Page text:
Patriotic hacktivism, possibly state-directed, flares again in the long-running antipathy between India and Pakistan.
Australia's leadership swears off WhatsApp as a security risk. (In the UK, security fears have led HM Government to exclude iWatches from cabinet meetings.)
To the embarrassing emails published by WikiLeaks add another online problem for US Presidential candidate Clinton's campaign manager Podesta: his Twitter account was hijacked yesterday to tweet "I've switched teams. Vote Trump." US Federal officials at the Departments of Justice, Defense, and Homeland Security continue to evolve plans for protecting state and local election infrastructure.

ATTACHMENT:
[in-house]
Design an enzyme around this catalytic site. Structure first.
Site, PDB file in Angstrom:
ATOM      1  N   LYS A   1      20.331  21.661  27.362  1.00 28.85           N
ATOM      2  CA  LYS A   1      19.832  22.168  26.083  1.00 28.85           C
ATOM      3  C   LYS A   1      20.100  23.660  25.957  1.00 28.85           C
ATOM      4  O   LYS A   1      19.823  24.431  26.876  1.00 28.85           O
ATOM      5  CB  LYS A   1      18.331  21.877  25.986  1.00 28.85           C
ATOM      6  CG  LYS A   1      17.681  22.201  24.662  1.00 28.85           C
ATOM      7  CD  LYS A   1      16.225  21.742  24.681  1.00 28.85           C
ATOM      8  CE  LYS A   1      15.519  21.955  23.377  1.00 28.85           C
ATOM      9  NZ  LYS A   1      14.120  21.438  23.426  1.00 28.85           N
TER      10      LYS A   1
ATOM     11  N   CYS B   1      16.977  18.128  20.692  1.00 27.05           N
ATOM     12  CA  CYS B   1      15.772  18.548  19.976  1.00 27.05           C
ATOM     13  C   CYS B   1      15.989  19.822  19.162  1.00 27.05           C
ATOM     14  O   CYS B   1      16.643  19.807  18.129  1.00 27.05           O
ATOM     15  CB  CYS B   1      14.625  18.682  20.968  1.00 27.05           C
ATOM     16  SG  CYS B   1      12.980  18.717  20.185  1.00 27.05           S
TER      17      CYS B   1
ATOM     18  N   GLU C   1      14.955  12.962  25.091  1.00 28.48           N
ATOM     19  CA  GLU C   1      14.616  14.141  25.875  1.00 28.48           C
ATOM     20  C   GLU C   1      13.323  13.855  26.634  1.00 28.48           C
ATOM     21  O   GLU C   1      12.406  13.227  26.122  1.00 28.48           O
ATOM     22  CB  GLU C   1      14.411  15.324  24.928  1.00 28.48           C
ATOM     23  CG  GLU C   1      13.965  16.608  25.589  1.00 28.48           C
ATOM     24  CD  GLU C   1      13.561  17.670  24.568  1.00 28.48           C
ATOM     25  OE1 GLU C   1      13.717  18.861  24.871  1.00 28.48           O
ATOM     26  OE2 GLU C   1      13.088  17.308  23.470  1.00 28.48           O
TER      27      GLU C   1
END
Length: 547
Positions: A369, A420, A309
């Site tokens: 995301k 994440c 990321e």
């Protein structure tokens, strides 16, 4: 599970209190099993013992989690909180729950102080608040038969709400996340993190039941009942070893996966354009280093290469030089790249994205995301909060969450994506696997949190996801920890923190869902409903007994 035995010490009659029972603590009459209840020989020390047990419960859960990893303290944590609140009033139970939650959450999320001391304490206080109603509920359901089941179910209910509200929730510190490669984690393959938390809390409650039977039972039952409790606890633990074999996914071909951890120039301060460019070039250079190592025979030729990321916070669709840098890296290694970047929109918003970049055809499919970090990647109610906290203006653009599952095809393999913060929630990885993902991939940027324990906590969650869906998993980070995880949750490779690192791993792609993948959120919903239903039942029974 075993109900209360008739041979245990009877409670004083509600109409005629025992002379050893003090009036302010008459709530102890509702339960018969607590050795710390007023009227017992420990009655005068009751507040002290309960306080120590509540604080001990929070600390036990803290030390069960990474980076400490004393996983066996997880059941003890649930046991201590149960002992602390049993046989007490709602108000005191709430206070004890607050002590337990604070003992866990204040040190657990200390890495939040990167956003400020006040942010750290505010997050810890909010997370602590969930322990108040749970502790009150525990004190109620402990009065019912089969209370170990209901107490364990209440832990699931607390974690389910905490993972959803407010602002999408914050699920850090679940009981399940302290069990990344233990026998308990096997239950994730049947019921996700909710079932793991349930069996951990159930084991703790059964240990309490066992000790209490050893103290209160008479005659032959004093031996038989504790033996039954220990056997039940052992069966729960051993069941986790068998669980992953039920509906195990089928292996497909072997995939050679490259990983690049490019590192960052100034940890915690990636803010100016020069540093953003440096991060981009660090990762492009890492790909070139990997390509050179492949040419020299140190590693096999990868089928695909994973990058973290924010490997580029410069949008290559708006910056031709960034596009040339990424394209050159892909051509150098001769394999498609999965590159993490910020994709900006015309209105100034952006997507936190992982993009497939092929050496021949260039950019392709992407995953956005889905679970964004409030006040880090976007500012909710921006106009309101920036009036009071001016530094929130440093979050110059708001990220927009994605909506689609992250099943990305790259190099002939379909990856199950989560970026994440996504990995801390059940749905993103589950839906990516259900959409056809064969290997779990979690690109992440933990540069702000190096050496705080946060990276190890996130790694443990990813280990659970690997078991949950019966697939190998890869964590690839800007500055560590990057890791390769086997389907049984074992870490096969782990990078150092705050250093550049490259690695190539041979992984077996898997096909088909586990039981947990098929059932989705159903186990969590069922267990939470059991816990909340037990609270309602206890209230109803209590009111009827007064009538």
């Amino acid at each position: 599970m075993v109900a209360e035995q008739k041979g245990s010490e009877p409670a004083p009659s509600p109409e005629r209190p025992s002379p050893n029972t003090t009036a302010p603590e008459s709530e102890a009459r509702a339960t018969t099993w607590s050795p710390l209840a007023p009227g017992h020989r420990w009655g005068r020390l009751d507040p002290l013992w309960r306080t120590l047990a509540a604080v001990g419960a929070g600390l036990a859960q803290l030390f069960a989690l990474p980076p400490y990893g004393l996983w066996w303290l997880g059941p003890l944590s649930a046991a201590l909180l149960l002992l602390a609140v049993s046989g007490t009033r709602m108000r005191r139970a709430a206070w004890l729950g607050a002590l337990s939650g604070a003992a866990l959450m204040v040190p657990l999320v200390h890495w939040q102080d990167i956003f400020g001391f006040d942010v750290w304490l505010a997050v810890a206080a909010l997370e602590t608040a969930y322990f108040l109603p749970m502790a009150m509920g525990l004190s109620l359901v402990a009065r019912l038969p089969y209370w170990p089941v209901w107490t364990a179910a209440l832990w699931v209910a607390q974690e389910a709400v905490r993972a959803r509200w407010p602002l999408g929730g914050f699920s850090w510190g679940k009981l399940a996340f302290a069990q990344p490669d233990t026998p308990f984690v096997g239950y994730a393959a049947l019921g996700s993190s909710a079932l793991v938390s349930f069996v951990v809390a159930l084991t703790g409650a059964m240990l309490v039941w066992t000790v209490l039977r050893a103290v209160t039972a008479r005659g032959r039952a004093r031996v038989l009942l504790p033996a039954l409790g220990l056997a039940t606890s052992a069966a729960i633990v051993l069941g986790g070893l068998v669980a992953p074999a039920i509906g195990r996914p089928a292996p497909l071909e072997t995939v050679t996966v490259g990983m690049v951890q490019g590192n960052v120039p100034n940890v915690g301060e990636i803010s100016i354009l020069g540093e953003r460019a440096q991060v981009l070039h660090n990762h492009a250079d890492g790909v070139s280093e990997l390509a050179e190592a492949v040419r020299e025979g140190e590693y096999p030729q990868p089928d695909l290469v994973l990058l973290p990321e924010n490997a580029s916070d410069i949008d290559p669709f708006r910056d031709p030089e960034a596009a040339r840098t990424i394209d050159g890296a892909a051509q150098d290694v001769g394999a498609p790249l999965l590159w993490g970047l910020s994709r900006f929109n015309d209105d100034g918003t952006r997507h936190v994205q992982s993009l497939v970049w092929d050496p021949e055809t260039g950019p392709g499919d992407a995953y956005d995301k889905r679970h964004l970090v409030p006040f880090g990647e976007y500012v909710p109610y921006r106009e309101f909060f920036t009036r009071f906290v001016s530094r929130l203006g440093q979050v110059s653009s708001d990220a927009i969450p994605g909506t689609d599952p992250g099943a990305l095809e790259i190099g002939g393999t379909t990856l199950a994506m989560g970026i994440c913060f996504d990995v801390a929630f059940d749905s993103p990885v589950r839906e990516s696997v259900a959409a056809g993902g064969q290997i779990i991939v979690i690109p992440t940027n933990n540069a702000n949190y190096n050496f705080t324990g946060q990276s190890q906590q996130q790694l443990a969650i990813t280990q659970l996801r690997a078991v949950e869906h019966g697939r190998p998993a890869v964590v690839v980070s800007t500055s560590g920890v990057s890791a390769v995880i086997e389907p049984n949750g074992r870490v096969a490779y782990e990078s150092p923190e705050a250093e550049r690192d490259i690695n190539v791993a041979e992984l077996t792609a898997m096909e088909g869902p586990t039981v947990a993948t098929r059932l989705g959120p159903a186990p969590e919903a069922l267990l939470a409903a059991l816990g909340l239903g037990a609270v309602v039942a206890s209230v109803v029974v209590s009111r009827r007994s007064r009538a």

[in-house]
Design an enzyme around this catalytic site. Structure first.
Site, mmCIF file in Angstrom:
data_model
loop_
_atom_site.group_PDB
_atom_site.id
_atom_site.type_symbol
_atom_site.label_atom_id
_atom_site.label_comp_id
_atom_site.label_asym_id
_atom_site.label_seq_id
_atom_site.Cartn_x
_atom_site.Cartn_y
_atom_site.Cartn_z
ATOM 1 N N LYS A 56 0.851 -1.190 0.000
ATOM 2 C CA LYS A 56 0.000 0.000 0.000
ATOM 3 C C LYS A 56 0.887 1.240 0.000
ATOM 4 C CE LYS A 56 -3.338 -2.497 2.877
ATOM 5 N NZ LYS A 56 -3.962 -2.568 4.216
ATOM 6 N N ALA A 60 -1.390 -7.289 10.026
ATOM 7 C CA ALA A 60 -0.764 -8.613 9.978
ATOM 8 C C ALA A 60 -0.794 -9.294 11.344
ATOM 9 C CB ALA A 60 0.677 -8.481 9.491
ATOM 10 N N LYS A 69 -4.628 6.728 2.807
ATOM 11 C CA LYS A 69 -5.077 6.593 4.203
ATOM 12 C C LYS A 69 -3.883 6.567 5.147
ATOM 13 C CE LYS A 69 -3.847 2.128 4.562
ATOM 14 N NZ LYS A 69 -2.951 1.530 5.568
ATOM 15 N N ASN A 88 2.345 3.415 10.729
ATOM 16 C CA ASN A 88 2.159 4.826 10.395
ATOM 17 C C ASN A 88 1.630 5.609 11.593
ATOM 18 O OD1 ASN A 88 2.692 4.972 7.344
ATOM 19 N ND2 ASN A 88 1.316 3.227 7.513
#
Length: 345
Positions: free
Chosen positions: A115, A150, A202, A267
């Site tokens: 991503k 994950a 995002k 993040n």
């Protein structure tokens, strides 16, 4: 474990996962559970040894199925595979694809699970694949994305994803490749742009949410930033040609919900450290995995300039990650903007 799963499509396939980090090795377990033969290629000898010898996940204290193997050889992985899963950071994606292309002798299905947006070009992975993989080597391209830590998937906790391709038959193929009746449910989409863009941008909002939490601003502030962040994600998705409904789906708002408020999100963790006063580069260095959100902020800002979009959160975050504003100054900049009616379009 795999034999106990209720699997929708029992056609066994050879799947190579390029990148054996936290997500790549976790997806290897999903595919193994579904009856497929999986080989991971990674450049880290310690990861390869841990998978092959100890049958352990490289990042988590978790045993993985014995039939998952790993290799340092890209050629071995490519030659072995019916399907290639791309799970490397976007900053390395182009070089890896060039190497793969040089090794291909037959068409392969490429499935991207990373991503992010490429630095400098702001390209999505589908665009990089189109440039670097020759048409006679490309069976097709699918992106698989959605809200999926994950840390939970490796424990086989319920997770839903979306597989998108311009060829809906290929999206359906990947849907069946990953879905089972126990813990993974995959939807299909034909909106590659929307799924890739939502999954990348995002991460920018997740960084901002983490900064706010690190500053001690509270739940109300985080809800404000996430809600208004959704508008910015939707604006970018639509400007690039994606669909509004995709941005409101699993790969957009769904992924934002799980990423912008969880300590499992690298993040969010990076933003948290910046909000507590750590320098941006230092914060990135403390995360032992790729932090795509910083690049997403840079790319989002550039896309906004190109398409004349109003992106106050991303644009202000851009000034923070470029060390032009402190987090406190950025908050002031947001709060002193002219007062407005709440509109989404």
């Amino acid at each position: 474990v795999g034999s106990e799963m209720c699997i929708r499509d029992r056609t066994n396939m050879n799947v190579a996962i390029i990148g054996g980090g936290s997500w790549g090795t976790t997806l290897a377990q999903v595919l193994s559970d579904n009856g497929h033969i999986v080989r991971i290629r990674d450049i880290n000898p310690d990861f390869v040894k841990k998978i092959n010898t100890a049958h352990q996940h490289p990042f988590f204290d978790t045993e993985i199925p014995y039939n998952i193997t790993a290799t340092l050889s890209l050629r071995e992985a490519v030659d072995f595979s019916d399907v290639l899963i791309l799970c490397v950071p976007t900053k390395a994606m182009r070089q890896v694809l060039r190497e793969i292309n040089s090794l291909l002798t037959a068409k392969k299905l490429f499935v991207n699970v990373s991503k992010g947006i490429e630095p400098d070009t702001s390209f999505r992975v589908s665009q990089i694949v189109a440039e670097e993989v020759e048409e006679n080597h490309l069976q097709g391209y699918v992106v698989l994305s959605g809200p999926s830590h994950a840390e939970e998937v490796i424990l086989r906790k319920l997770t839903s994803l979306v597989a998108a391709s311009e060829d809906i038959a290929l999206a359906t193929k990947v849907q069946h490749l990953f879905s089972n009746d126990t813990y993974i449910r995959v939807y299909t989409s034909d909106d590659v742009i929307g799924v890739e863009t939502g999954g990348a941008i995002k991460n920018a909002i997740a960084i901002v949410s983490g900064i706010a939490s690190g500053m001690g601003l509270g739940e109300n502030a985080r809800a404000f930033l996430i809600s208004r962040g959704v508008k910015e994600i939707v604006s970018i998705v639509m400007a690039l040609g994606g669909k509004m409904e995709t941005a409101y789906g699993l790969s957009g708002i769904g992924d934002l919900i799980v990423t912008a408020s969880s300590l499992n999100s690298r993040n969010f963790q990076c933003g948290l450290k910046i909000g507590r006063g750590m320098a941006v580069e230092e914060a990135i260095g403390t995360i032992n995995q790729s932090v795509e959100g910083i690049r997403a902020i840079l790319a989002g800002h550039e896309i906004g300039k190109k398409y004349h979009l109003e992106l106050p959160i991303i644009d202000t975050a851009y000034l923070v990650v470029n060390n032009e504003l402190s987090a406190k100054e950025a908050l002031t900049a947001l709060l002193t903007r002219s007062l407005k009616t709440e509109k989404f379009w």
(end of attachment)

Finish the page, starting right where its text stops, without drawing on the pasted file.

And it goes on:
The US mulls its response to Russian election hacking. That response, when it comes, whatever it may prove to be, is promised to be "proportional," a concept whose home is just war theory. The Russian embassy to the US crocodile-tweets its own take on the state of Russo-American relations: "bilateral relations became collateral damage in domestic debate in US. We are open to restarting dialogue and restoring normalcy."
Compromised IoT devices have a bigger role in the criminal underground than DDoS botnet potential. Researchers find criminals are also using them as proxies to hide their location, and exploiting them in other workaday ways.
Criminals are increasingly using in-game currencies to launder real-world money.
Hackers compromise Modern Business Solutions' MongoDB.
Windows Script File attachments are being actively exploited in the wild.
SAP fixes forty-eight vulnerabilities, the most in any patch since 2012.
Cybersecurity stocks show unpleasant volatility as traders react to Fortinet's downbeat guidance on security spending trends.